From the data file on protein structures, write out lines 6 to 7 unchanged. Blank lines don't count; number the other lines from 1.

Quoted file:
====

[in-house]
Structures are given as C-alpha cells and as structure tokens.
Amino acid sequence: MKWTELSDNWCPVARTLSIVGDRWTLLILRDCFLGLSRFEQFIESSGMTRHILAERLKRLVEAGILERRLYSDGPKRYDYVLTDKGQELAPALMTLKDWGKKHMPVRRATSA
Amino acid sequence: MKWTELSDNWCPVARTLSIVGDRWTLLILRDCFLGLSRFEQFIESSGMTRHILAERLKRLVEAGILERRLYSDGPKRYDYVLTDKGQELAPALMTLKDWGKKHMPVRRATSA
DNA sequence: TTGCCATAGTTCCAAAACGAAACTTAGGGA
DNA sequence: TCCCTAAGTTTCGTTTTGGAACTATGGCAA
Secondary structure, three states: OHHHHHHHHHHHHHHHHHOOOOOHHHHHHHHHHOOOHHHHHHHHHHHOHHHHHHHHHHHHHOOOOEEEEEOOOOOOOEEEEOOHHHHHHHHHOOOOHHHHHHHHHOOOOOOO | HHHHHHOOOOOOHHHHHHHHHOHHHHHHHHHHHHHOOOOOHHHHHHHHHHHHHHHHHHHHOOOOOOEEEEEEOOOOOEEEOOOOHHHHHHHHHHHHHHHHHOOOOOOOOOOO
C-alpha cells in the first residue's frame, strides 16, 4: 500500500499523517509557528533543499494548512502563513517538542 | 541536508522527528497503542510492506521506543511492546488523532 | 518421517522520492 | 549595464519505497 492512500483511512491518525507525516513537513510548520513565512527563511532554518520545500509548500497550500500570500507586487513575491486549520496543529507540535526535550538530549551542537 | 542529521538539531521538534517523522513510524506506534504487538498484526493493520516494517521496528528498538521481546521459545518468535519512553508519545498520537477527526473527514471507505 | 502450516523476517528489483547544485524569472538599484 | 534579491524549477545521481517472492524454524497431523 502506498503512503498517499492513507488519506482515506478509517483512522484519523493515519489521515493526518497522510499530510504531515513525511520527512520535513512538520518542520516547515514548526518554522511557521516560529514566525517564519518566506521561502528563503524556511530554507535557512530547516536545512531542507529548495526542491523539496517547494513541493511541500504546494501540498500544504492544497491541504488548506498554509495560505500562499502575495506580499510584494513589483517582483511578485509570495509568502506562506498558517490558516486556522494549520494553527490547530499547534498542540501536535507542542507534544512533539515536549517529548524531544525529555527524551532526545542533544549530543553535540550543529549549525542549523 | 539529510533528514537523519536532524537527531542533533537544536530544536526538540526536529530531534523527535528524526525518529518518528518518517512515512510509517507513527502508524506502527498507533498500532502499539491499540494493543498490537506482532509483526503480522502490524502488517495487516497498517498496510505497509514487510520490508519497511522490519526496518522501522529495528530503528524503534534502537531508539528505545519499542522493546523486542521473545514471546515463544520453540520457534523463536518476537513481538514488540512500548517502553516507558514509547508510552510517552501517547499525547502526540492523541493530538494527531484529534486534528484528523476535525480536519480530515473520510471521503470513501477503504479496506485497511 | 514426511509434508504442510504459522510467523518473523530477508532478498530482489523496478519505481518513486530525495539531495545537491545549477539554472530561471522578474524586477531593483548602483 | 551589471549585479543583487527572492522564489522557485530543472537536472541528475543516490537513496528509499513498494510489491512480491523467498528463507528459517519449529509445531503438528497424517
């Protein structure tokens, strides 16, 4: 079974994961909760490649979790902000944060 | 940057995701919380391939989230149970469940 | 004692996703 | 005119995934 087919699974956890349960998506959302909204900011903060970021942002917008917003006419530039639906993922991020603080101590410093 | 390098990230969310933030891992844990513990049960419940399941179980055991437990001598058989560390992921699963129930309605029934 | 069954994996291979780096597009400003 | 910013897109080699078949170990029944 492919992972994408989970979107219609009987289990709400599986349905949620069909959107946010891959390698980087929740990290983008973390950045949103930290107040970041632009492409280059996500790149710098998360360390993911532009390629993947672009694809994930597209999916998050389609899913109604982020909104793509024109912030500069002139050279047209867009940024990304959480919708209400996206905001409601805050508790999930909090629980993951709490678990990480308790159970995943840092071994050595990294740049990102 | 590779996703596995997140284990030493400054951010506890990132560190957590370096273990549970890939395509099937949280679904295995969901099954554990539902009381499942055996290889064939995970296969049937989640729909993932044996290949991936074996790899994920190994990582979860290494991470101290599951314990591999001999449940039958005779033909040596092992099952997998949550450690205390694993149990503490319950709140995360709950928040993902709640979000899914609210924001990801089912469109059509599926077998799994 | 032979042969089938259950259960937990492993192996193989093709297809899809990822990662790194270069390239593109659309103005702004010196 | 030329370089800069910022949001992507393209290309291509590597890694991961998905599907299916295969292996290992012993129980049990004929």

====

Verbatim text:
DNA sequence: TCCCTAAGTTTCGTTTTGGAACTATGGCAA
Secondary structure, three states: OHHHHHHHHHHHHHHHHHOOOOOHHHHHHHHHHOOOHHHHHHHHHHHOHHHHHHHHHHHHHOOOOEEEEEOOOOOOOEEEEOOHHHHHHHHHOOOOHHHHHHHHHOOOOOOO | HHHHHHOOOOOOHHHHHHHHHOHHHHHHHHHHHHHOOOOOHHHHHHHHHHHHHHHHHHHHOOOOOOEEEEEEOOOOOEEEOOOOHHHHHHHHHHHHHHHHHOOOOOOOOOOO